RATIONALE 

Reported incidents of the use of nutritional supplements containing deer antler velvet by athletes has increased significantly in recent years. The supplements have been reported to contain insulin-like growth factor-1 (IGF-1), which is a banned substance included on the World Anti-Doping Agency (WADA) prohibited list. The presence of deer and human IGF-1 was tested in six commercially available supplements. 

RESULTS 

The peak area from each MRM transition was used to calculate the product ion ratios relative to the most abundant transition. Product ion ratios measured in the supplements were matched to ratios measured in purified protein standards. A match to human IGF-1 was identified for all the MRM transitions measured in four of the supplements tested.

CONCLUSIONS

The presence of a pharmaceutical protein, human IGF-1, was confirmed in four commercially available products sold as all natural, nutritional supplements. These methods can be used to screen additional products to further prevent the illegal sale of adulterated supplements. Copyright © 2013 John Wiley & Sons, Ltd.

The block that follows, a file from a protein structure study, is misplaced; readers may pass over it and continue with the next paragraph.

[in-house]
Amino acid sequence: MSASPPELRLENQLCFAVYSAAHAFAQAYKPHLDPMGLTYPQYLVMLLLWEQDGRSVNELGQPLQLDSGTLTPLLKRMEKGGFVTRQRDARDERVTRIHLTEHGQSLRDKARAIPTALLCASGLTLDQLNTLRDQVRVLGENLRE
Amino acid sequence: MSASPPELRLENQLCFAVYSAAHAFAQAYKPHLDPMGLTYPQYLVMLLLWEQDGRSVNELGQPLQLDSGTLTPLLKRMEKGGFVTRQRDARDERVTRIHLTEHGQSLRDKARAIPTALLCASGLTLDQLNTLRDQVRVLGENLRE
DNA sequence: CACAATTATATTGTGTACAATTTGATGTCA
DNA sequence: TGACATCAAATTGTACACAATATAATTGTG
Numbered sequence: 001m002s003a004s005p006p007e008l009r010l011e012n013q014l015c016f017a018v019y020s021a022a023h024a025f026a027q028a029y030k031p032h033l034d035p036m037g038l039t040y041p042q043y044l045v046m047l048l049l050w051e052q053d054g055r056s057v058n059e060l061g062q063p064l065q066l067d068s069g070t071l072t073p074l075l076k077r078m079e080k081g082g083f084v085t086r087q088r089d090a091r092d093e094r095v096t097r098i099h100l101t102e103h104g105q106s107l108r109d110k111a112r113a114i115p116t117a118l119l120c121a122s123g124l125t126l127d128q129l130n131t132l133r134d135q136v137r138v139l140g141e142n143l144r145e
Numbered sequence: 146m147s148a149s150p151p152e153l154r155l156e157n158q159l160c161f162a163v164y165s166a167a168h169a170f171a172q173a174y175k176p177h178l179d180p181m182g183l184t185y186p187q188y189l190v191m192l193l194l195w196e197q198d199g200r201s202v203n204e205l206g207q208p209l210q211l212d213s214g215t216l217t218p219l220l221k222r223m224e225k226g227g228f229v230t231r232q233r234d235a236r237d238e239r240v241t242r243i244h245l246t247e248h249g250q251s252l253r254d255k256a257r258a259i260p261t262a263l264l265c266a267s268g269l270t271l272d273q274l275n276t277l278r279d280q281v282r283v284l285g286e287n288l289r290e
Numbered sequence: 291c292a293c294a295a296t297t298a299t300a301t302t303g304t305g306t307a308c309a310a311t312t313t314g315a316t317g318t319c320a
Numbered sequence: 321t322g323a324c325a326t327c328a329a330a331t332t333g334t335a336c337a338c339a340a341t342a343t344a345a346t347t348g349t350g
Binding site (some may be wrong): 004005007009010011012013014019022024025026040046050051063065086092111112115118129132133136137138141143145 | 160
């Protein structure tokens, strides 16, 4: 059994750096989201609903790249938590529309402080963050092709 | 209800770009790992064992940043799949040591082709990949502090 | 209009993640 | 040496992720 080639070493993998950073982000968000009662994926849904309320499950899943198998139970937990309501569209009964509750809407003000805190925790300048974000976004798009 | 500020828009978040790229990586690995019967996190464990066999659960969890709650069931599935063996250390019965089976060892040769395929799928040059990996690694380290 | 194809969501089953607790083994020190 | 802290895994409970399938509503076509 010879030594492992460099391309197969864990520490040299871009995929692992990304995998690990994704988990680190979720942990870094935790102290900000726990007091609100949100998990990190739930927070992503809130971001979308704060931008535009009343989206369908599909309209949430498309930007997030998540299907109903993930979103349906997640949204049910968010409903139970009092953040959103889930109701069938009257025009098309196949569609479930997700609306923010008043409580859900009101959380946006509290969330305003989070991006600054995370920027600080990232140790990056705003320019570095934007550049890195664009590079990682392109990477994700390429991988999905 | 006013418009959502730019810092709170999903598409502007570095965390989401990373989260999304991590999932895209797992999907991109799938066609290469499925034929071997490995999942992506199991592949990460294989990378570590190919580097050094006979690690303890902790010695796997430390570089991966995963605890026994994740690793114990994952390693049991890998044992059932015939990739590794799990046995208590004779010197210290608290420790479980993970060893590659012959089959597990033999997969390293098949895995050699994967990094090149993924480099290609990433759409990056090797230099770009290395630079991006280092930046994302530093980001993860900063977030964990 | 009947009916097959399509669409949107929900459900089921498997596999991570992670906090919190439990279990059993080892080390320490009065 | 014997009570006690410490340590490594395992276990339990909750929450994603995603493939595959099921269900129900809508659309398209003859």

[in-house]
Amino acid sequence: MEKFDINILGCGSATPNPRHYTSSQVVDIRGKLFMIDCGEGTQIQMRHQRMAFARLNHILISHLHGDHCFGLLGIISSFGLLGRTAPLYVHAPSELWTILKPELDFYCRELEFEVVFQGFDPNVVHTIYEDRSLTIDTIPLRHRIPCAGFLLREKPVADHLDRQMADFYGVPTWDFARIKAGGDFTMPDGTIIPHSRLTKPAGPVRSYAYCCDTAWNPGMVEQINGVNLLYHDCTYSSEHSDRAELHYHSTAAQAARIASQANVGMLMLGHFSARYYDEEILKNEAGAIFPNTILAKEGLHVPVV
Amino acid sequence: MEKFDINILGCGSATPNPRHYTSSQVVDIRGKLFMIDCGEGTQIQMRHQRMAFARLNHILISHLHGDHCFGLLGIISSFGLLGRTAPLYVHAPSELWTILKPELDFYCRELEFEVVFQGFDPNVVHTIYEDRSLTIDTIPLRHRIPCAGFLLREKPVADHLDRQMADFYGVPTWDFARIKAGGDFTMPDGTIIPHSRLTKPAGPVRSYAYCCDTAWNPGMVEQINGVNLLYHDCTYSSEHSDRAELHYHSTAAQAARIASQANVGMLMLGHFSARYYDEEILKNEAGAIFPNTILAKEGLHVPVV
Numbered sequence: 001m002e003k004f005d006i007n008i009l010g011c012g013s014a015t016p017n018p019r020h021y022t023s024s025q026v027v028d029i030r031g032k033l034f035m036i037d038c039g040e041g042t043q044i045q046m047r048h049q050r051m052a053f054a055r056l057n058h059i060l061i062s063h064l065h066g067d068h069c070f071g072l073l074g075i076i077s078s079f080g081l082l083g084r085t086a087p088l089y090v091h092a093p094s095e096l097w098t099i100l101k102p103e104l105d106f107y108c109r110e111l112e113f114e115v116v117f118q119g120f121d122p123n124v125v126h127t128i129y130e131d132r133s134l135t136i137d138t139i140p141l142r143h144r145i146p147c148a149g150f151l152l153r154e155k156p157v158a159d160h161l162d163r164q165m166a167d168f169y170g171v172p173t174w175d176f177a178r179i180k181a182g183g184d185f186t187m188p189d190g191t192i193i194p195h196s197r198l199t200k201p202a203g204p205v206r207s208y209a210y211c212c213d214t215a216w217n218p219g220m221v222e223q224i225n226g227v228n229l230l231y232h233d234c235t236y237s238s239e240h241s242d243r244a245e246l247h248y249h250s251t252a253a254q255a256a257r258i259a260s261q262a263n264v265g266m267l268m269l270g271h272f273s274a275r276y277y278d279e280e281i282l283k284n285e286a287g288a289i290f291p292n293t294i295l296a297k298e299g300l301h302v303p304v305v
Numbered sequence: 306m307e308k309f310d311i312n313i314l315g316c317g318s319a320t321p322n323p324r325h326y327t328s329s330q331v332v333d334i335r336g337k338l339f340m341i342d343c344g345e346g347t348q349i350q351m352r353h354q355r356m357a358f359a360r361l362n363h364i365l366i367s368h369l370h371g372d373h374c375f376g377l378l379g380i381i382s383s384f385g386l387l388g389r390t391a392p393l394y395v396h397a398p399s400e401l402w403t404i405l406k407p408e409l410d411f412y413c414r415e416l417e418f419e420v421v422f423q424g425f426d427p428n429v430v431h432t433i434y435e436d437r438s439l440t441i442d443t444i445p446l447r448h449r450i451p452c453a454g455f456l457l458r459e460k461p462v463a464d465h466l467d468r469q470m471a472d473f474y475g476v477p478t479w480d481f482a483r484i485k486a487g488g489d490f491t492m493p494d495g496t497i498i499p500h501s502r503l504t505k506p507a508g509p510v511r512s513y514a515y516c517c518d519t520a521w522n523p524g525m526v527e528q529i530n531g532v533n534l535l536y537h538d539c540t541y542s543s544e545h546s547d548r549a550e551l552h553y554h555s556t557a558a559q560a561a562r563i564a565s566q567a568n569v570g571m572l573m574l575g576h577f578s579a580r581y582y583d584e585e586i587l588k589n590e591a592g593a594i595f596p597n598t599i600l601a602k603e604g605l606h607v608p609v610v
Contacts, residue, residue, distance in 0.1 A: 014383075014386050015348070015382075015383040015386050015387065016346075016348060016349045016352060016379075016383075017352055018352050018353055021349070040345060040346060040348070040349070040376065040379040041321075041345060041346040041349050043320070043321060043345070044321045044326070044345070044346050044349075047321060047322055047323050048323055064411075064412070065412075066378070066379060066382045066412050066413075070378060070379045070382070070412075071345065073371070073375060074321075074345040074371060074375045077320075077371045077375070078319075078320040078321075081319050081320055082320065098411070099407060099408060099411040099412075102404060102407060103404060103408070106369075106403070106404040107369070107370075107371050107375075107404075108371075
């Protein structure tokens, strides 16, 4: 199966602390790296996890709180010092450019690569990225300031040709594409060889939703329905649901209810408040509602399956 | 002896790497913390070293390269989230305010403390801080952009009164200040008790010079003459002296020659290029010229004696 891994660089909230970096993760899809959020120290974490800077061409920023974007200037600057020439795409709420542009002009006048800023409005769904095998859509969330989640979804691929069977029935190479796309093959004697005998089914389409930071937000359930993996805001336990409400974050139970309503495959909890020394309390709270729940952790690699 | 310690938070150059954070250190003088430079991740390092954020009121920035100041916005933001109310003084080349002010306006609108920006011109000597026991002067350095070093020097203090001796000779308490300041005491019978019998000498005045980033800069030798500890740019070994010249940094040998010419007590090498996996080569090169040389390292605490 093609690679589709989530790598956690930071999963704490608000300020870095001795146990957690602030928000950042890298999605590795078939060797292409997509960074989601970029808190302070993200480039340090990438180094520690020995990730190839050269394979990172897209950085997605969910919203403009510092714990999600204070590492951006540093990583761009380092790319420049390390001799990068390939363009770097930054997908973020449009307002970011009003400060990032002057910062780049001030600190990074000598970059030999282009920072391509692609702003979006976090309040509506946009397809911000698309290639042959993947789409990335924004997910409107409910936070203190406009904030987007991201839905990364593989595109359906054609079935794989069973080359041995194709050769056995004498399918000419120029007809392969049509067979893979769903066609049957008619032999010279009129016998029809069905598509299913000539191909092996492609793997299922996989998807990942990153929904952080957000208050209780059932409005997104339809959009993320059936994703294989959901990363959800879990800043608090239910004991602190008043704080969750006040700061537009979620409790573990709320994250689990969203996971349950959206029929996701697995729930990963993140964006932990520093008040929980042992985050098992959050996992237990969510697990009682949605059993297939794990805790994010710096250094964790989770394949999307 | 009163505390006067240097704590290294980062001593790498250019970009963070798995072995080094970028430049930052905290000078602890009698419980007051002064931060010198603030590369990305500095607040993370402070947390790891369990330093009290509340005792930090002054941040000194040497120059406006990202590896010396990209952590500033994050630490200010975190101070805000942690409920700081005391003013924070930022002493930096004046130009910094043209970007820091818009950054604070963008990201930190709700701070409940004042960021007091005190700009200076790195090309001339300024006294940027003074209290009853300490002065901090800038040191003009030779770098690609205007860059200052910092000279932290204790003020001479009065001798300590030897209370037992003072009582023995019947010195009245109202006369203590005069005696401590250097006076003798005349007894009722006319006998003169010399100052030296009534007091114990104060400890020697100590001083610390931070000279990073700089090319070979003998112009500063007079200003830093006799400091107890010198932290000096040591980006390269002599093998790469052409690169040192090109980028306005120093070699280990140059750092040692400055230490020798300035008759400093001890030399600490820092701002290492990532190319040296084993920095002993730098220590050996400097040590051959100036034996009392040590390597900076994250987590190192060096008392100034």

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INTRODUCTION

Velvet antler has been used for over two thousand years in ancient Eastern medicine and is only second to ginseng in importance for the mainstay of Traditional Chinese Medicine. 

Thousands of papers have been published on the composition and biochemical effects of velvet antler and its constituents. Velvet antler has uses ranging from safe anti-aging solutions to enhancing the performance of many elite athletes.

MDgenesis's products are not synthetically derived IGF-1. Instead, our exclusive 43:1 velvet antler extract is comprised of 90% protein. The active ingredients found in velvet antler include growth factors, minerals and trace mineral elements, protein, collagen and lipids, and glycosaminoglycans.

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